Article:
There’s no denying that the popularity of the so-called “AlDub” love team has reached stratospheric levels. The unlikely tandem of young actor Alden Richards and “DubsMash” queen Maine Mendoza is seen everyday in GMA 7 noontime show ‘Eat Bulaga,’ with their segment dubbed as #KalyeSerye. In fact, the hashtag #AlDubEBTamangPanahon generated over 40 million tweets last October 24.
Apart from posting about the love team on social media, supporters of #AlDub have also made fan arts, videos, and other creative stuff to show their adoration for the couple. As if that’s not enough, a fan from Quezon City who happens to be a teacher of Filipino for high school students took everything a step further by writing about the #KalyeSerye as part of a reading comprehension text for the of the periodical exam. A photo of the said exam was uploaded on Facebook by user “Sañti Galasi“:
The photo has been shared over 500 times and has received mixed reactions from netizens so far. While Facebook users (including the one uploaded the photo) used this to highlight the supposed deteriorating quality of education in the Philippines, others have explained that using a pop culture reference for a reading proficiency exam is fine.
I will have to agree with the second point of view. I see no problem in using AlDub as a topic for the reading selection. This is already my fourth year as a college instructor and in several semesters, I’ve been asked to teach Filipino and English subjects. Teachers are usually required to include reading comprehension items in exams.
I enjoy that because it gives me the opportunity to write while other teachers do not like that as much. To get the attention of students, we have to use “trendy” examples. In my case, I usually use current events particularly political news.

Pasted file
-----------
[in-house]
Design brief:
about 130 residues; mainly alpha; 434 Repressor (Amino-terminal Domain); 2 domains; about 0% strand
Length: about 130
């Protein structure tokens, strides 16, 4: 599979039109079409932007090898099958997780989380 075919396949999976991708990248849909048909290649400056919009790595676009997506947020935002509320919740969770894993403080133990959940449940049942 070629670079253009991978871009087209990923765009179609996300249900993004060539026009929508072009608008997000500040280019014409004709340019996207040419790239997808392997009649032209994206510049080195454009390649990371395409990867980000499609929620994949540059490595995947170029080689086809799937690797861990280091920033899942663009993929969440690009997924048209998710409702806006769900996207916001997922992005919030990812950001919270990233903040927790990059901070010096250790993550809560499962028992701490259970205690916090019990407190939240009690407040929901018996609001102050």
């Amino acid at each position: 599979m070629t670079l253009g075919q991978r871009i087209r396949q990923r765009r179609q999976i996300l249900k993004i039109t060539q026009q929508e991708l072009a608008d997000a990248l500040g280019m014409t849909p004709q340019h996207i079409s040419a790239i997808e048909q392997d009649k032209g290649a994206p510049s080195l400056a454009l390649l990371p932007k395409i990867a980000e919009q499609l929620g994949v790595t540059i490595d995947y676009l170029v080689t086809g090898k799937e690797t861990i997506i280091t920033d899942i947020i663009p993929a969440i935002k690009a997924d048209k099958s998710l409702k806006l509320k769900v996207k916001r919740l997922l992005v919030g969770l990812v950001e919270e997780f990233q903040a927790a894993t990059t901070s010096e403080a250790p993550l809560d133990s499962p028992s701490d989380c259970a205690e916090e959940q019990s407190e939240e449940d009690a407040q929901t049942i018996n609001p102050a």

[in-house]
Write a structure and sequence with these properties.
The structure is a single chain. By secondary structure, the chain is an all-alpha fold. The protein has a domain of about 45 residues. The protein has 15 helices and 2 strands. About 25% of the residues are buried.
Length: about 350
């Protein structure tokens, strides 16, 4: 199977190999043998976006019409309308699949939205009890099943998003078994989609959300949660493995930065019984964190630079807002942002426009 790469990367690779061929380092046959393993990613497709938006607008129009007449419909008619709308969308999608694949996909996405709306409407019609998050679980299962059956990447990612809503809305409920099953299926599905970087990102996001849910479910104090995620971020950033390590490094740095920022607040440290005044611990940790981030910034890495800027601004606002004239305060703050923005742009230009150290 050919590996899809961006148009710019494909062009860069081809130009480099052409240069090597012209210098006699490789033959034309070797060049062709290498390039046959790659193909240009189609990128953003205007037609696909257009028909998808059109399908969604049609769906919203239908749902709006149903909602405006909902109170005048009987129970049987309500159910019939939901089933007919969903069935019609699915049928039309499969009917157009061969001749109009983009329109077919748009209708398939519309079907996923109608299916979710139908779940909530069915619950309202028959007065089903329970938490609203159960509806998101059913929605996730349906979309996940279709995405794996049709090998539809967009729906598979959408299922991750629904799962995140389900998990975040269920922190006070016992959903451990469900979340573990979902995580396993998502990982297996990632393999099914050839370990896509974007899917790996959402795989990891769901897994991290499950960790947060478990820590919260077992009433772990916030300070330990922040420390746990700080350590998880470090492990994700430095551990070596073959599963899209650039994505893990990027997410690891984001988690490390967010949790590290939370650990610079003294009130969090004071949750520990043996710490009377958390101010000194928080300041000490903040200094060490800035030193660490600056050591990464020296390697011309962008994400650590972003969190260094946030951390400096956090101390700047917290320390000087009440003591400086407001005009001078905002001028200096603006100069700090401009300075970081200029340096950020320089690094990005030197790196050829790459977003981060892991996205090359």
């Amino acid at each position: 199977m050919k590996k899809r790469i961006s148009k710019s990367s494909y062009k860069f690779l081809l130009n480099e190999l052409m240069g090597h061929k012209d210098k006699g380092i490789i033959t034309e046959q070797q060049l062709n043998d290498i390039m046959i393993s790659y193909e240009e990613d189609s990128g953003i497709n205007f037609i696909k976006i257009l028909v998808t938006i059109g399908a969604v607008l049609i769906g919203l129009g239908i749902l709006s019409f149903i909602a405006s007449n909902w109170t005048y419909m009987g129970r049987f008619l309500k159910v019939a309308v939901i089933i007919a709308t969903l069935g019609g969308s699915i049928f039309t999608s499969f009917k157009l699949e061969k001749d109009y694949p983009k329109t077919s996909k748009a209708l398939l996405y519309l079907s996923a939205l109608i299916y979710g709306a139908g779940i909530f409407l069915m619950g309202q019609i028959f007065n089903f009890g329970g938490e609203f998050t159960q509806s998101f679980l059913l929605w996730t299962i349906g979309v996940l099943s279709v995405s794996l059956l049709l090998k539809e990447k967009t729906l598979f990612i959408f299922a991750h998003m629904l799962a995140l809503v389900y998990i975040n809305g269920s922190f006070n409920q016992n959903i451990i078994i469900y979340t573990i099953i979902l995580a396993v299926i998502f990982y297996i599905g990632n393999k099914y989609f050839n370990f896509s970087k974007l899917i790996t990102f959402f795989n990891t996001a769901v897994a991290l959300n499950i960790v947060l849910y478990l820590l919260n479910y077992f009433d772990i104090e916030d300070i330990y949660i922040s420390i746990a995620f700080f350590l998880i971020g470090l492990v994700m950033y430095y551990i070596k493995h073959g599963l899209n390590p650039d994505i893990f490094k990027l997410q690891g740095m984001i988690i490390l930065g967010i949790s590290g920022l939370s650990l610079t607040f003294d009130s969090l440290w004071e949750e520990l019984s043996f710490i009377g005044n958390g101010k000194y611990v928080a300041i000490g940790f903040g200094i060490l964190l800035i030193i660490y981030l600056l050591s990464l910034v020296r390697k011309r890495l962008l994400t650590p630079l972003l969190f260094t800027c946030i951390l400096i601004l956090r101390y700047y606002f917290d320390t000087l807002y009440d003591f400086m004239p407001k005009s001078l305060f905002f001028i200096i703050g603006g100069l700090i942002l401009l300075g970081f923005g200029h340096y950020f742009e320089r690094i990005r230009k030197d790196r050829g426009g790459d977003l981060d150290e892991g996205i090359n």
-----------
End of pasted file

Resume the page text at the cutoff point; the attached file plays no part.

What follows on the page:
Now, having said that, it must be pointed out that the essay used in the exam as well as the corresponding questions lack any depth. Can’t the teacher write about the many relevant topics that can be related to #AlDub like waiting for the right time for love, etc. The obvious lack of proofreading for the text is also very appalling. It reminds me of students who rush their paper works.
POSTSCRIPT: When I posted my reaction to the exam, two Facebook friends shared their disagreement with me and I am sharing it below:
Edcy T. Dayon (college instructor for English and Masters in Education student) – “In principles of teaching, using names and events that are trendy and influential in constructing tests, activities or even questions in the class is very effective. But making it as the main context is not advisable at all.”
Lester Nazareno-Ople (human resource officer and law student) – “For primary and secondary education, I think pop culture should remain outside the classroom, or at least serve as a jump-off point for more serious material. College is the time that students should have been equipped properly by primary and secondary school with sufficient basic skills that should enable them to process pop culture as academic material.”